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Converting vacant land into valuable wildlife habitat

by James P. Engel, © 2009

Using Nature's lessons

It seems no body likes an old field. Unless you’re a true lover of nature and wildness, the natural value of old fields is over looked.  In most cases the old field will eventually fall prey to the inevitable destroyer of most natural landscapes, the mower.

From an esthetic viewpoint, I can not argue that old fields are more pleasing to the eye or botanically diverse or more architecturally interesting than a landscaped yard a formal garden or even a manicured lawn.  Beauty is in the eye of the beholder. But there is no question that old fields are environmentally and ecologically more valuable to native wildlife, are vitally important to maintaining the environmental quality of our land, air and water and serve as important buffers to minimize the impact of human activity. Consequently these lands are also important to the health and well being of you and me and our local communities. For all of these reasons these lands should be preserved.

Old fields provide their numerous ecological and environmental benefits at no cost to you and me and our society, but once destroyed those benefits are lost and society must pay the cost either by doing without or through monetary expenditures.  Some of these free benefits are flood control, aquifer recharge, air and water purification, pollution control, noise filtering, wildlife habitat, open space and recreation.

If left up to the whims of human aesthetic and economic values, old fields will only be allowed to remain in a very few places.  They will persist where a few enlightened folk appreciate the beauty in the obscure and undervalued plants and insects that live there.  They will be tolerated where the owners are distracted or otherwise preoccupied by activities other than mowing their untidy fields.

Old fields run the gauntlet of human activity and few will survive for long without increased awareness and appreciation of their contributions to our personal as well as regional well being.

I believe more people will choose to save their old fields if they come to see the direct benefits these wild places give to them personally.  Old fields provide habitat for the wildlife and birds that we like to watch at our bird feeders.  People will develop a relationship with the land when they become acquainted with the plants that grow there and the ecological processes that take place there. When people become invested in these pieces of land they will have a greater stake in preserving them and improving them for the wildlife they value.

Nearly all old fields have come into being by accident or by benign neglect.  The plants that grow happen to be there by chance of nature or by direct or indirect human activity.  Any land if left alone will soon be covered by s that sprouted from the seeds that are present in the soil and any new seeds that are introduced by wind animals or man.

Old fields are as diverse and varied, as there are numbers of fields.  They may persist with little change for several decades or they may change rapidly within a few years.  Many factors contribute to this variety.  The abundance and diversity of new seed innoculum, human or natural disturbance, the variety of wildlife present, soil type and drainage patterns all influence how the old field will evolve. Wind and wildlife disperse seeds in a haphazard way. Random chance has a severe limiting factor on how productive and diverse a piece of land will become or how quickly it will evolve. But a little positive human intervention can greatly improve the biological productivity of the land.

As valuable as old fields are to many species of wild life, they can become even more productive with the proper management and stewardship.

To save and preserve the open space found in old fields, I believe it is necessary to quickly convert or manage the character of these lands.  If left to natural succession the majority of land in the east US will eventually revert  to some form of woodland.  Trees and woodland are acceptable to most peoples sense of asthetics, shrub lands are barely tolerated and weedy fields are deemed to be unsightly and repulsive.  If weedy fields are managed to encourage their rapid conversion to shrub land and then to woodlands these lands have a greater potential to be spared permanent development or intensive human alteration. Promote advance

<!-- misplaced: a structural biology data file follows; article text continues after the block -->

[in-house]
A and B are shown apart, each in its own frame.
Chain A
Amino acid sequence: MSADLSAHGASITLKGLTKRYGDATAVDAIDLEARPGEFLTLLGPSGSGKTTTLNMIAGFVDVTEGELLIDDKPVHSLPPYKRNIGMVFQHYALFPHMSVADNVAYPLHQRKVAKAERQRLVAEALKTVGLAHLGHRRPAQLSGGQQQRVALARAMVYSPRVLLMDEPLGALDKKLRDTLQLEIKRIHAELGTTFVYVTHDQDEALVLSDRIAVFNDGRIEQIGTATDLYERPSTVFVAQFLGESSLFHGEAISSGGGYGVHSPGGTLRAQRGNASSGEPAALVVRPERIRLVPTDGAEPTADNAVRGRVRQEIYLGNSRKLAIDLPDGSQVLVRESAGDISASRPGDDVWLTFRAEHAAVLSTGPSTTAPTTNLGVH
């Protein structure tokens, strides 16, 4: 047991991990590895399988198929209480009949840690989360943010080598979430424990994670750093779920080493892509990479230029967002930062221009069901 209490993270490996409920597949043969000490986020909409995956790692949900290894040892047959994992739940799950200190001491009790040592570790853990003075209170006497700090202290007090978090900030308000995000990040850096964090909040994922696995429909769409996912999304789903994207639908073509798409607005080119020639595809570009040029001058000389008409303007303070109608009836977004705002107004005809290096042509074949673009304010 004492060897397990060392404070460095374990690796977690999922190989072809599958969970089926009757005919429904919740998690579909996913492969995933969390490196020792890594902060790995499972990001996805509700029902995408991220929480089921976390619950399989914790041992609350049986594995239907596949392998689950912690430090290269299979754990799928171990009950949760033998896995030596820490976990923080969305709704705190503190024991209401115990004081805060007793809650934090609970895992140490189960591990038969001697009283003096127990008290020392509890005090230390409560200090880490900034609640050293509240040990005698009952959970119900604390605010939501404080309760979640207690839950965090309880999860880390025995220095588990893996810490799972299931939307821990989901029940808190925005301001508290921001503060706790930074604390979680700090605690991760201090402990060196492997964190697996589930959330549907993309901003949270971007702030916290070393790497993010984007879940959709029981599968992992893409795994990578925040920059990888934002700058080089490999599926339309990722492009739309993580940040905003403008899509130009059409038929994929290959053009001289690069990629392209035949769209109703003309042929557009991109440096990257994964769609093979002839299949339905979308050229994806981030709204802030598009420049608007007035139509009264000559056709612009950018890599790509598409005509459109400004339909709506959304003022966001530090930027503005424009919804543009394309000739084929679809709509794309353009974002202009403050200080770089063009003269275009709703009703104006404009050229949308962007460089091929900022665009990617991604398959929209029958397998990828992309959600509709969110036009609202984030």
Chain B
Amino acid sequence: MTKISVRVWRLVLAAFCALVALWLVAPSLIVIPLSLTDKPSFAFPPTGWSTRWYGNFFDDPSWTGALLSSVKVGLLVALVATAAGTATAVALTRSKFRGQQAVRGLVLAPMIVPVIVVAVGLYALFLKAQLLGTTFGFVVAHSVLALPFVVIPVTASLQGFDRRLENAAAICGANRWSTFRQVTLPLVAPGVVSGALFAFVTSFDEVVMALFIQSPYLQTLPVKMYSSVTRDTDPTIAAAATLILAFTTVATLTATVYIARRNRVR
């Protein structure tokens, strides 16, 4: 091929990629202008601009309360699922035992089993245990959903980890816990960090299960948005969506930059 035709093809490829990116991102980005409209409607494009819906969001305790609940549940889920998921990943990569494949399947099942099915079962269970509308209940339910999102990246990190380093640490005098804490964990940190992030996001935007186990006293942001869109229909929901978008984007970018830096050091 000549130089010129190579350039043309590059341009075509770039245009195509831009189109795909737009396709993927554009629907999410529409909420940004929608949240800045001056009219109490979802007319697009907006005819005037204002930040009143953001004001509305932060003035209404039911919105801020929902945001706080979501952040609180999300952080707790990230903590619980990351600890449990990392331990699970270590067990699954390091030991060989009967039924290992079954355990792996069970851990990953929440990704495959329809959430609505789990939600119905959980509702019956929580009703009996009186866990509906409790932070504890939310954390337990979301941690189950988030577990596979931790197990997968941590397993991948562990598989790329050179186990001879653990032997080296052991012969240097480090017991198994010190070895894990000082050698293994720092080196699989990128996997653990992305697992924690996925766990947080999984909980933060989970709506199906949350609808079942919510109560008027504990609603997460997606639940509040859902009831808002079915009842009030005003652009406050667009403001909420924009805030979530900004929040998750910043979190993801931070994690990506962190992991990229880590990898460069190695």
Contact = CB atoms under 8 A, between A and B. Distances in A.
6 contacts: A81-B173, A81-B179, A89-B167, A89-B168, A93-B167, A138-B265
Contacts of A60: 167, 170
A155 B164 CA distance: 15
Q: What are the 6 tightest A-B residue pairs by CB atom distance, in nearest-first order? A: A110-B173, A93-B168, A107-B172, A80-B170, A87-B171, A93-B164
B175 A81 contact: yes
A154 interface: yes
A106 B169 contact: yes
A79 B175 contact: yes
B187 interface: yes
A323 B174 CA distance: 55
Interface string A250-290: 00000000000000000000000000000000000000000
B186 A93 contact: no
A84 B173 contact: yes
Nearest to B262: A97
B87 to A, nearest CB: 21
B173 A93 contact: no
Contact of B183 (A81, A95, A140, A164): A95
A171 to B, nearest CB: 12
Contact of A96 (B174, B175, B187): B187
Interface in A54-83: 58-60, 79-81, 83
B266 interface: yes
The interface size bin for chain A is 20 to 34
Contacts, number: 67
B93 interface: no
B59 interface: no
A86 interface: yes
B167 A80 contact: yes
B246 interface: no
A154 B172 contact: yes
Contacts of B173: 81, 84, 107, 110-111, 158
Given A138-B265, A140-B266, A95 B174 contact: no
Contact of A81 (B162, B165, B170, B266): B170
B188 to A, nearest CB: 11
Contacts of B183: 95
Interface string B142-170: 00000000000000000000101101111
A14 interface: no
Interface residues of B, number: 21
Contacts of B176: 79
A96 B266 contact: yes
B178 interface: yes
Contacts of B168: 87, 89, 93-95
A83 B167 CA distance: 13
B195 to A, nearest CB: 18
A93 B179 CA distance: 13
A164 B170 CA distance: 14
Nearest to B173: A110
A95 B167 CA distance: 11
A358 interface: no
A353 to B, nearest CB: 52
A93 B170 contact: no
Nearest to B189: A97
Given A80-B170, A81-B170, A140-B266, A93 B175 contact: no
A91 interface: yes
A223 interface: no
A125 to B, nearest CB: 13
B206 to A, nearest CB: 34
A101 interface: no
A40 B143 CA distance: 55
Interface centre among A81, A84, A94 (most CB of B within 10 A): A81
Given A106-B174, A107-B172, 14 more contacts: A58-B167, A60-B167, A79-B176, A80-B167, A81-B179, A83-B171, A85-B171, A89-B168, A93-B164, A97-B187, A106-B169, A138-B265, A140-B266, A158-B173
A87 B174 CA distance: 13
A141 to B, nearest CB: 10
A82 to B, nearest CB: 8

Direct human stewardship of old fields will be the instrument by which many old fields and natural areas will be given a reprieve from the mower.  Only when individuals become actively involved in the preservation of a piece of land will they acquire a vested interest in seeing that land protected and preserved in its natural state.  Stewards can participate in several beneficial activities that will improve the ecological carrying capacity of old fields without destroying its environmental integrity.  Stewards can monitor and remove invasive species, they can plant and encourage native species, and they can construct trails, nest boxes or other beneficial structures which will benefit selected species.

The planned introduction of selected native species is the number one way to improve the biological productivity of an old field as well as make it visually more attractive to people.  Chance or randomness restricts the abundance and diversity of species in old fields and creates a time barrier to colonization.  Only species that are currently present or accidentally introduced by wind, passing birds and mammals will have a chance of establishing in the old field.  This lack of species diversity can remain a permanent barrier to diversity and ecological complexity.  Human stewardship can easily over come this barrier to colonization.  People can introduce native species in the form of bare root or potted seedlings or by collecting and dispersing native seeds.  (See lists of native trees and shrubs for wildlife.)  

Planting native shrubs will give you the quickest and most noticeable improvement in the appearance and ecological advancement of the old field. Native shrubs grow quickly and set fruit at an early age. These two traits are very important in creating habitat that are attractive to native birds and small mammals. The first step is to plant an assortment of native shrubs that will serve as a local source of seed innoculum for further colonization of the surrounding area and as attractive cover to draw desirable wildlife species. These shrubs will become magnates for song birds for perching, for use as nesting sites and as  a fall and winter food supply. You can direct and advance this process by harvesting and spreading the seed yourself. Seed can either be collected in quantity and broadcast in high densities and left to chance, or seed can be collected and spot sown in the soil to improve the germination rate and reduce seed mortality.  Both methods are easy cost effective ways to establish large numbers of native plants over large areas .